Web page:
TEHRAN (FNA)- Chinese Foreign Ministry Spokeswoman Hua Chunying expressed pleasure in the results of the latest round of negotiations between Iran and the International Atomic Energy Agency (IAEA) held in the Austrian capital on October 28-29.
“We encourage the agency and Iran to further step up dialog and cooperation,” the Chinese official told reporters on Tuesday.
The Chinese spokesperson expressed hope that both Iran and the IAEA would play “constructive roles in pushing ahead with negotiations” with the purpose of finding a peaceful solution to the Iranian nuclear issue.
“At present, all sides concerned should grasp the opportunities for dialog, and seek common ground while resolving disputes in pursuit of new progress at an early date to create favorable conditions for resolving the Iranian nuclear issue in a comprehensive, long-term and appropriate way,” Hua added.
On Tuesday, Iran and the IAEA inked a new agreement based on which both sides are committed to pursue the settlement process of Tehran’s nuclear dossier in the UN body.
The next round of talks between Iran and the IAEA is planned to be held in Tehran on November 11.
On Tuesday, a senior diplomat close to the Iranian team of negotiators with the IAEA revealed that Tehran has submitted new proposals to the IAEA in its Monday and Tuesday talks with the UN nuclear watchdog.
“Iran has presented a fresh proposal to the IAEA,” the diplomat told FNA on Tuesday, referring to the Monday remarks by Iranian Deputy Foreign Minister Seyed Abbas Araqchi who said Iran has adopted a new approach in negotiations with the UN nuclear watchdog.
Iran and the IAEA started their second day of expert talks in the Austrian capital in the morning.
The first day of the 12th round of technical talks between Iran and the IAEA was held on Monday, and the second day of the negotiations kicked off this morning (Vienna time).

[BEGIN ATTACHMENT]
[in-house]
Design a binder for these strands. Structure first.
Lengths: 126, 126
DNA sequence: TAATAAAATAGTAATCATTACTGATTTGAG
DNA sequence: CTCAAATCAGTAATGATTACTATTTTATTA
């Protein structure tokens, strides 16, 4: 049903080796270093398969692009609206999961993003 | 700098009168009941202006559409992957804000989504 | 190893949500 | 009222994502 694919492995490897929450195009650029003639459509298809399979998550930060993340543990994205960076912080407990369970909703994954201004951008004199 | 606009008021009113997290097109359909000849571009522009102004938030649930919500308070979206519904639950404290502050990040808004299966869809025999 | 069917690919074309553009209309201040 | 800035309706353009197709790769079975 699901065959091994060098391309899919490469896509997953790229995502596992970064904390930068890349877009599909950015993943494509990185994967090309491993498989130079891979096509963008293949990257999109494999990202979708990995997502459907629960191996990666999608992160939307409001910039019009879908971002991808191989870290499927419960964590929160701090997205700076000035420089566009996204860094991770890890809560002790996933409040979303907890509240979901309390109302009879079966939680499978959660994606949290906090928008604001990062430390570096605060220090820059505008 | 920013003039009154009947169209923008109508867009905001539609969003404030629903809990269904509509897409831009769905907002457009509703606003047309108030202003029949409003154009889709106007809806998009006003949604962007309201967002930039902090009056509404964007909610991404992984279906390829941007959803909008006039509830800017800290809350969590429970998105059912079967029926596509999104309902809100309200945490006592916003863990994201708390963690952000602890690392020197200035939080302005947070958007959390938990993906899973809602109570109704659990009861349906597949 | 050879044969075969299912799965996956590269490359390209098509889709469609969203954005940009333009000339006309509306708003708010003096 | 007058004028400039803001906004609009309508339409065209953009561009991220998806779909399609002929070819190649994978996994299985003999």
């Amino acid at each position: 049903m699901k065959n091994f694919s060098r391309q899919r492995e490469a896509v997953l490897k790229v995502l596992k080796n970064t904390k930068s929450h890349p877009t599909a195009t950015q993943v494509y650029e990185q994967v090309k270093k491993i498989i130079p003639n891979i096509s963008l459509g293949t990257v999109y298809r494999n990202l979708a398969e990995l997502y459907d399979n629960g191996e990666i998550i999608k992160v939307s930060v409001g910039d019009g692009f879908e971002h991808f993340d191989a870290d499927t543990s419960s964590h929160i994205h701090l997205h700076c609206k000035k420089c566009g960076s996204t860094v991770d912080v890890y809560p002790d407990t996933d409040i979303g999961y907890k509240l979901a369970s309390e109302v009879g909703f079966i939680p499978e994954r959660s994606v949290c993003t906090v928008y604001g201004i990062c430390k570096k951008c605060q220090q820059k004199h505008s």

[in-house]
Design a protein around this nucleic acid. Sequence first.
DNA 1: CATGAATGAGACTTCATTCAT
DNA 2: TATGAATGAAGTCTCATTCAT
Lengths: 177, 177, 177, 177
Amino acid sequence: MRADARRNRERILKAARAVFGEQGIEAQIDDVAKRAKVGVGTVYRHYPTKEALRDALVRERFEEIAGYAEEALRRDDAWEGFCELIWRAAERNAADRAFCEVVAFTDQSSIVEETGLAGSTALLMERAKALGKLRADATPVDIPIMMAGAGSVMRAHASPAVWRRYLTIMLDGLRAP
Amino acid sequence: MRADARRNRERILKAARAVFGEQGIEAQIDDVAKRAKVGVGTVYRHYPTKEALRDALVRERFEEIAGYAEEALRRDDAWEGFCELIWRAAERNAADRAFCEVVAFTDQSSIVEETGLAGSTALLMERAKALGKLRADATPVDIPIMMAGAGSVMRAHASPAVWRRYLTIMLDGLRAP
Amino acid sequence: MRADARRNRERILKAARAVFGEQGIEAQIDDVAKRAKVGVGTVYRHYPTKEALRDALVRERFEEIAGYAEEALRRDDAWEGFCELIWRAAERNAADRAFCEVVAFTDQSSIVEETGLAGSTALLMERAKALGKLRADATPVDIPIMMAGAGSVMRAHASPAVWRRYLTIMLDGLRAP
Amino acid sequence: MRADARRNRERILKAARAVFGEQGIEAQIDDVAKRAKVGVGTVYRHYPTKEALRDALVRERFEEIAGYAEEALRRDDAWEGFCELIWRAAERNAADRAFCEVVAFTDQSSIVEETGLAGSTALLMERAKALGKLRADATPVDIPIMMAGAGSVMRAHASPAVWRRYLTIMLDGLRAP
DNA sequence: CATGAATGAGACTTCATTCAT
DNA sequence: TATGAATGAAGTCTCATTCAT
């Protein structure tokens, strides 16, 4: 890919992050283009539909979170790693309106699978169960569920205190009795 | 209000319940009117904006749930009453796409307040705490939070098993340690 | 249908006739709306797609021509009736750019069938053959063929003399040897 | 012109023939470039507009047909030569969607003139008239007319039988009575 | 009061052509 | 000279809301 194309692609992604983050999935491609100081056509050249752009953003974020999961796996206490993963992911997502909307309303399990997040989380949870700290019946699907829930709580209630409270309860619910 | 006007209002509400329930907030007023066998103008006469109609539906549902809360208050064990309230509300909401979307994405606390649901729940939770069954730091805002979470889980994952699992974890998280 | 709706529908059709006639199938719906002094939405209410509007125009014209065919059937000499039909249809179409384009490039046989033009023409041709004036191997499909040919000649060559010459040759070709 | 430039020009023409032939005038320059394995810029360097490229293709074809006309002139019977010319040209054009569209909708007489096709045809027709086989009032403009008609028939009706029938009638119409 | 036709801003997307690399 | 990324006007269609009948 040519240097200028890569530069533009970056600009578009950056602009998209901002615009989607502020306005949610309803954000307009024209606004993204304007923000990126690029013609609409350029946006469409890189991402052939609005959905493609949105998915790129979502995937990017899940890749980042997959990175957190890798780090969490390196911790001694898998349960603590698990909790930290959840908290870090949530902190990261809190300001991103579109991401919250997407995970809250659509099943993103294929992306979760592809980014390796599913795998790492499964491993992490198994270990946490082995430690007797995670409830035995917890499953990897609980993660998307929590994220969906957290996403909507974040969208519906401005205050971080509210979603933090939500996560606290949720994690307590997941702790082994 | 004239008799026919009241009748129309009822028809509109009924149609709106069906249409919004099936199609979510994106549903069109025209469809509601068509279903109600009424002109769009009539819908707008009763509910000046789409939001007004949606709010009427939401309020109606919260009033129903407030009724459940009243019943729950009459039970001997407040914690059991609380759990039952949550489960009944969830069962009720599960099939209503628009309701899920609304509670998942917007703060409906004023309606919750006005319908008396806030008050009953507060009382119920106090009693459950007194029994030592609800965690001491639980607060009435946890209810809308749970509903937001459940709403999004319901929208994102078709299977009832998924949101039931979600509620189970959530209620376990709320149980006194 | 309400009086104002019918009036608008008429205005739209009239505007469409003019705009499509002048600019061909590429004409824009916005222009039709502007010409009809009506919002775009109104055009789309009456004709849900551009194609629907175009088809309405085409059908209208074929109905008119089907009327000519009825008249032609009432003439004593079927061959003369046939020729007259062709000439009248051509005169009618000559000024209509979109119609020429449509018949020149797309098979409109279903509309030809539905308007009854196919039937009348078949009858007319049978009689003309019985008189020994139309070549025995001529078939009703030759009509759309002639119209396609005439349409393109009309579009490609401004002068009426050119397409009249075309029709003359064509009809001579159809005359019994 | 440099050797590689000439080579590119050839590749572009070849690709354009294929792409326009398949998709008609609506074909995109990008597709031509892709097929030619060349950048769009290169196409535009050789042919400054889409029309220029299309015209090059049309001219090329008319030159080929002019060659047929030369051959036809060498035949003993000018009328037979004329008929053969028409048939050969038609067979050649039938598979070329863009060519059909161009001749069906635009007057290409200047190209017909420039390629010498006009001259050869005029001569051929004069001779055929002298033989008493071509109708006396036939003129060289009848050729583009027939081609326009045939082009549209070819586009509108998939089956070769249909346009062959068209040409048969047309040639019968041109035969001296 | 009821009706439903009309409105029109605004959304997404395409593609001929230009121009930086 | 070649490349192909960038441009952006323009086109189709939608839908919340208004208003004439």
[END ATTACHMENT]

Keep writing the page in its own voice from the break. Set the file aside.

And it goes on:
The first day of talks was presided jointly by Iran’s Residing Representative at the UN nuclear watchdog Reza Najafi and IAEA Deputy Head Thro Varioranteh at the UN offices in Vienna.
Najafi had previously announced that the two sides are to focus on detailed and conceptual discussions in this new round of their discussions.
A few hours before the start of the talks on Monday, Araqchi met with Director-General of the IAEA Yukiya Amano in Austria.
During the meeting, the Iranian diplomat elaborated on Tehran’s new approach in the talks with the UN body.
Araqchi, who is also a member of the Iranian team of negotiators in the nuclear talks with the six world powers as well, arrived in the Austrian capital at midday on Monday.
The two sides did not reveal much of the contents of their discussions, but Amano has reportedly told Araqchi that “it is very important for all of us that we can show concrete progress”.
In response, Araqchi said, “We think this is the time to take a new approach to resolving (questions) between Iran and the IAEA and look to the future for further cooperation in order to ensure the peaceful nature of Iran’s nuclear program.”
“It is peaceful and it will remain peaceful for ever,” Araqchi said.
Late in September, Iran and the IAEA held talks in Vienna and discussed issues pertaining to Tehran’s nuclear program. They resumed their fresh talks in the Austrian capital ten hours after the historic ministerial level nuclear talks between the Islamic Republic and the six world powers in New York.
Najafi headed the Iranian delegation in talks with a group of the agency’s experts. Najafi replaced Iran’s former ambassador to the IAEA Ali Asqar Soltaniyeh shortly after Iranian President Hassan Rouhani came to power.
Prior to that, Iran and the IAEA met in Vienna on May 15. The meeting, which was the 10th of its kind, was presided by Soltaniyeh and Nackaerts.
Iran appointed Najafi as its new envoy to the IAEA late in August.
Iran says its nuclear program is a peaceful drive to produce electricity so that the world’s fourth-largest crude exporter can sell more of its oil and gas abroad. Tehran also stresses that the country is pursuing a civilian path to provide power to the growing number of Iranian population, whose fossil fuel would eventually run dry.
The US and its western allies allege that Iran is pursuing a nuclear weapons program while they have never presented corroborative evidence to substantiate their allegations against the Islamic Republic.
Iran is under four rounds of UN Security Council sanctions for turning down West’s calls to give up its right of uranium enrichment, saying the demand is politically tainted and illogical.
Iran has so far ruled out halting or limiting its nuclear work in exchange for trade and other incentives, saying that renouncing its rights under the Non-Proliferation Treaty (NPT) would encourage the world powers to put further pressure on the country and would not lead to a change in the West’s hardline stance on Tehran.
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